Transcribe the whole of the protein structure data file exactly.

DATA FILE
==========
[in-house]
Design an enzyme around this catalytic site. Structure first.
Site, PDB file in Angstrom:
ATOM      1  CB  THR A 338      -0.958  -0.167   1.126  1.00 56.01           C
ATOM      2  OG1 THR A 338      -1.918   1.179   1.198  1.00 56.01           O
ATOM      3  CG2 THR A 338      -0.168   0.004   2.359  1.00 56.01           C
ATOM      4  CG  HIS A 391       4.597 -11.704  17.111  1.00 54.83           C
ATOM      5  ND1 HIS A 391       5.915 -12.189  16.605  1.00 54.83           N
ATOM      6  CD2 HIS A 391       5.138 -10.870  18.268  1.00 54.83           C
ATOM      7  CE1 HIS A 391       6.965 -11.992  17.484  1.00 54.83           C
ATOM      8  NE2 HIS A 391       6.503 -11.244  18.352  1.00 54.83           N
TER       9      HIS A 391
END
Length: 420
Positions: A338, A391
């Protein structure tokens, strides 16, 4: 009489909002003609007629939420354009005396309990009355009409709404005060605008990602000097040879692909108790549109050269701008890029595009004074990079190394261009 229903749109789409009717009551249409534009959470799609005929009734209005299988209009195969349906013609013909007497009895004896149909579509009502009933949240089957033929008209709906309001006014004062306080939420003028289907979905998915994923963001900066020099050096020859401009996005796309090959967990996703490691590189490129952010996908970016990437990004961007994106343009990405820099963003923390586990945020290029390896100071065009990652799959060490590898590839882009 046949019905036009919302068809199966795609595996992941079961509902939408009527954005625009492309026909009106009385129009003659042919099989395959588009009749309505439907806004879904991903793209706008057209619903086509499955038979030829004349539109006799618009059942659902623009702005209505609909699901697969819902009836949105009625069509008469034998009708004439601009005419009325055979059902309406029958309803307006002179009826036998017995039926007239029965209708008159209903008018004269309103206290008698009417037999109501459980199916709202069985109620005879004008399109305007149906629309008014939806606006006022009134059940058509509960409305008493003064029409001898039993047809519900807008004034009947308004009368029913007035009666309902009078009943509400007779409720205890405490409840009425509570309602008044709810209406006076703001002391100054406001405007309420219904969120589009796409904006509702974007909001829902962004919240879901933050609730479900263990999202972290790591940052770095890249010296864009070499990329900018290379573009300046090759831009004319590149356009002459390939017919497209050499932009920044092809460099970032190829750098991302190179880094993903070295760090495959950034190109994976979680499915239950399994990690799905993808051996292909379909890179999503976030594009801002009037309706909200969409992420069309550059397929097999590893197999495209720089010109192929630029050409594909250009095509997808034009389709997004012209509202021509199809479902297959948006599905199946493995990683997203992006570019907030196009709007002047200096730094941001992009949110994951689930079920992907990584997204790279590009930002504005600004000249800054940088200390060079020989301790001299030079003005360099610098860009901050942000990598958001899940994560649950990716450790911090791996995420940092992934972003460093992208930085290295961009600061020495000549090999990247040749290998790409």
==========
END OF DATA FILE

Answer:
[in-house]
Design an enzyme around this catalytic site. Structure first.
Site, PDB file in Angstrom:
ATOM      1  CB  THR A 338      -0.958  -0.167   1.126  1.00 56.01           C
ATOM      2  OG1 THR A 338      -1.918   1.179   1.198  1.00 56.01           O
ATOM      3  CG2 THR A 338      -0.168   0.004   2.359  1.00 56.01           C
ATOM      4  CG  HIS A 391       4.597 -11.704  17.111  1.00 54.83           C
ATOM      5  ND1 HIS A 391       5.915 -12.189  16.605  1.00 54.83           N
ATOM      6  CD2 HIS A 391       5.138 -10.870  18.268  1.00 54.83           C
ATOM      7  CE1 HIS A 391       6.965 -11.992  17.484  1.00 54.83           C
ATOM      8  NE2 HIS A 391       6.503 -11.244  18.352  1.00 54.83           N
TER       9      HIS A 391
END
Length: 420
Positions: A338, A391
């Protein structure tokens, strides 16, 4: 009489909002003609007629939420354009005396309990009355009409709404005060605008990602000097040879692909108790549109050269701008890029595009004074990079190394261009 229903749109789409009717009551249409534009959470799609005929009734209005299988209009195969349906013609013909007497009895004896149909579509009502009933949240089957033929008209709906309001006014004062306080939420003028289907979905998915994923963001900066020099050096020859401009996005796309090959967990996703490691590189490129952010996908970016990437990004961007994106343009990405820099963003923390586990945020290029390896100071065009990652799959060490590898590839882009 046949019905036009919302068809199966795609595996992941079961509902939408009527954005625009492309026909009106009385129009003659042919099989395959588009009749309505439907806004879904991903793209706008057209619903086509499955038979030829004349539109006799618009059942659902623009702005209505609909699901697969819902009836949105009625069509008469034998009708004439601009005419009325055979059902309406029958309803307006002179009826036998017995039926007239029965209708008159209903008018004269309103206290008698009417037999109501459980199916709202069985109620005879004008399109305007149906629309008014939806606006006022009134059940058509509960409305008493003064029409001898039993047809519900807008004034009947308004009368029913007035009666309902009078009943509400007779409720205890405490409840009425509570309602008044709810209406006076703001002391100054406001405007309420219904969120589009796409904006509702974007909001829902962004919240879901933050609730479900263990999202972290790591940052770095890249010296864009070499990329900018290379573009300046090759831009004319590149356009002459390939017919497209050499932009920044092809460099970032190829750098991302190179880094993903070295760090495959950034190109994976979680499915239950399994990690799905993808051996292909379909890179999503976030594009801002009037309706909200969409992420069309550059397929097999590893197999495209720089010109192929630029050409594909250009095509997808034009389709997004012209509202021509199809479902297959948006599905199946493995990683997203992006570019907030196009709007002047200096730094941001992009949110994951689930079920992907990584997204790279590009930002504005600004000249800054940088200390060079020989301790001299030079003005360099610098860009901050942000990598958001899940994560649950990716450790911090791996995420940092992934972003460093992208930085290295961009600061020495000549090999990247040749290998790409």